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Norris goes for architecture vote

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Alsop and Stormer is battling with three other practices in a bid to create a new masterplan for Walthamstow Central with this colourful effort. It proposes four distinct areas; the hill (roof garden), the mall (leisure), the cut (high-density houses) and the arches (live-work units in a park) connected by the 'blue mile', a translucent canopy. The practice is working with WS Atkins and Hillier Parker and is up against Timpson Manley with Town Centres Limited and Alan Baxter Associates; Gillespies; and edaw. A winner will be chosen on 14 March.

London mayoral hopeful Steve Norris has launched an investigation into Foster & Partners 'bubble' design for the Greater London Assembly building and is considering moving the assembly's home elsewhere if he wins the 4 May election.

The move comes as the Conservative Party candidate's chance of becoming mayor was this week given a boost by Ken Livingstone's decision to stand as an independent candidate - which Norris thinks will split the Labour vote. Norris has commissioned a team of 'colleagues from the private sector', thought to be surveyors, to scrutinise Lord Foster's design for the South Bank site, and is suggesting the Victoria House building on Bloomsbury Square as an alternative. Alsop & Stormer has already produced designs for this site.

Norris described the Foster scheme as 'imaginative and cost-effective', but questioned whether it will fulfill all the assembly's needs.

'I'm happy to look at Foster's gla building, but it's not simply a home for 300 office workers. We need a room for open debate, tv, radio and a reasonable number of the public,' Norris said. 'If you could get that from the Victoria building, then it's in exactly the right place and, with its neo-Gothic pillars, its municipal enough.' Foster's London Bridge City scheme was given the nod over the Victoria House plans by a government panel last year. Its developer, Blackfriars Investments, has now sold the Bloomsbury site on to a German property company.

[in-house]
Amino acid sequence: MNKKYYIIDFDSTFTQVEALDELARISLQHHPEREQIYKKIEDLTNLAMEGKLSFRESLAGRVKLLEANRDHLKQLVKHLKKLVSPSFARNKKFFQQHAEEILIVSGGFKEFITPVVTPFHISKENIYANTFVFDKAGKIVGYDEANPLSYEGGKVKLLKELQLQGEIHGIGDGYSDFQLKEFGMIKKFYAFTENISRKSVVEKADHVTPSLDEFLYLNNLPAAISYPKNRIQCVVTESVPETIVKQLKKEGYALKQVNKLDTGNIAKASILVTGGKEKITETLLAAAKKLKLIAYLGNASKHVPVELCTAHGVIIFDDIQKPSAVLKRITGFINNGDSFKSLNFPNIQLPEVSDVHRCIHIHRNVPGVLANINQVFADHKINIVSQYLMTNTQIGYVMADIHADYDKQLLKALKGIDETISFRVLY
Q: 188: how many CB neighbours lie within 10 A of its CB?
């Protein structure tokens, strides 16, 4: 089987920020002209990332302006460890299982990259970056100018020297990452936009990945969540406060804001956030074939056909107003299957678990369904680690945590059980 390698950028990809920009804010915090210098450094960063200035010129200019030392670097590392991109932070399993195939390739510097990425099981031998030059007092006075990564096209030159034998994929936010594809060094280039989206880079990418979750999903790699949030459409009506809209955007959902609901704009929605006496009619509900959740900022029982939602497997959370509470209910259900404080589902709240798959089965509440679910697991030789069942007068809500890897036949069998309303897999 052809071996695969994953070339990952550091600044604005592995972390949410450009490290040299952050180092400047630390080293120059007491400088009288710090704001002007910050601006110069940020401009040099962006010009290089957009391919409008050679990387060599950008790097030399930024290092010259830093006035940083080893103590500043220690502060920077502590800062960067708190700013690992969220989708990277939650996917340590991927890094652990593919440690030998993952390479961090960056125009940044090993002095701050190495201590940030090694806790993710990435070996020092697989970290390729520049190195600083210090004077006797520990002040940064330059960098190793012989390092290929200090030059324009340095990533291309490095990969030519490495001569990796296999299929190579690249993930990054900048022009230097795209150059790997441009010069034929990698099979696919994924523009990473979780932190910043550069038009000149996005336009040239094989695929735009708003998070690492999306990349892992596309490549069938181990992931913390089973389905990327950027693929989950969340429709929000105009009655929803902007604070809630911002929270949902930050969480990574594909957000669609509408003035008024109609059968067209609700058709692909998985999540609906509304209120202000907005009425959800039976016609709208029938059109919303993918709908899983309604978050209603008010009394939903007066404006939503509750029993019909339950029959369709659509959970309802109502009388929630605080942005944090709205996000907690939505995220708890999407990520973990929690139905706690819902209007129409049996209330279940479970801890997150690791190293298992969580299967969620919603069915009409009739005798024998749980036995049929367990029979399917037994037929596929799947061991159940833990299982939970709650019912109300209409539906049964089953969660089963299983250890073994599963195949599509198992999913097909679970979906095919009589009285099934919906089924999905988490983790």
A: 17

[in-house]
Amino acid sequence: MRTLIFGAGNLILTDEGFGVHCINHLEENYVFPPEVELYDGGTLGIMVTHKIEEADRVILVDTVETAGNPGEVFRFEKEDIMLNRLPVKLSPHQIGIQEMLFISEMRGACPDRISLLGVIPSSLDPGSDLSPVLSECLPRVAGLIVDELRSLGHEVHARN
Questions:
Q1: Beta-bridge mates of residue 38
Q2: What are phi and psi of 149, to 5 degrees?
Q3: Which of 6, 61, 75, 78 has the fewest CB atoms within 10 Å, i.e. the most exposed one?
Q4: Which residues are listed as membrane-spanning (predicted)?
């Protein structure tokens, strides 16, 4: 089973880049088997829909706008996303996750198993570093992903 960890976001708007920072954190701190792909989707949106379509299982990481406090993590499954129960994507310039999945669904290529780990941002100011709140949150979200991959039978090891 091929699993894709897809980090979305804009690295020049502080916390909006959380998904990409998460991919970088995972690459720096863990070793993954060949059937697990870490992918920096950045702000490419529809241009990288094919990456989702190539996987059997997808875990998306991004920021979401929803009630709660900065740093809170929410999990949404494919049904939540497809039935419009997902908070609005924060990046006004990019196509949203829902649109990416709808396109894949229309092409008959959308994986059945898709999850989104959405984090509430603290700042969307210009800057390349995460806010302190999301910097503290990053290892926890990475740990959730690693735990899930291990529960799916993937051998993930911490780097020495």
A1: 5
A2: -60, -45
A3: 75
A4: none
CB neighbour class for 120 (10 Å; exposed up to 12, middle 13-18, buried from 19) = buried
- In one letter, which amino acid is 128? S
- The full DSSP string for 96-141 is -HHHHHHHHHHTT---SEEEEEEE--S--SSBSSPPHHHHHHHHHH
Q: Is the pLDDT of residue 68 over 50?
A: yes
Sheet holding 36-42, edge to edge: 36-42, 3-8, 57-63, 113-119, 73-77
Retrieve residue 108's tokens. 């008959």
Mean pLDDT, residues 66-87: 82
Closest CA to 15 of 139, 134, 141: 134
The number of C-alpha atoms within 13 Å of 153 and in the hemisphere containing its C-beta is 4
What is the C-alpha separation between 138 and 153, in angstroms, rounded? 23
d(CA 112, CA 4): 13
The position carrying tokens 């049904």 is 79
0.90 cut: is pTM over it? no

The comments came as Norris gave the strongest indication yet of his policies on architecture and planning. He gave firm backing to the development of more tall buildings in the capital. 'The development of a mini-Manhattan is not a retrograde step. Tall buildings brilliantly express the City's forward thinking. That's one of the functions of architecture,' he said.

He also threw his weight behind Foster & Partner's 41-storey tower on the site of the former Baltic Exchange, which was blocked last month by the secretary of state for the environment, transport and the regions, John Prescott. But Norris stressed the need to ensure that high-rise developments do not cause traffic congestion.

He also pledged to start construction on large brownfield sites at Paddington Basin and King's Cross lands in his first term in office, and said: 'There's another city of brown land waiting for new development in the east Thames corridor.'

Norris included a boost for architecture's political influence in his plans. 'I would want a hard-working standing architectural advisors committee with instant, daily access to the mayor. They would look at large projects as well as the development of the spatial development strategy,' he said. He gave a strong hint that the Commission for Architecture and the Built Environment would be involved in this advisory role. He also pledged a full-time staff working on design issues in planning.

On other issues, Norris said he would like to see the ba London Eye remain in place beyond its five-year planning consent and that work on the Cross Rail initiative, to build an east to west mainline rail line under London, would start in his first term.

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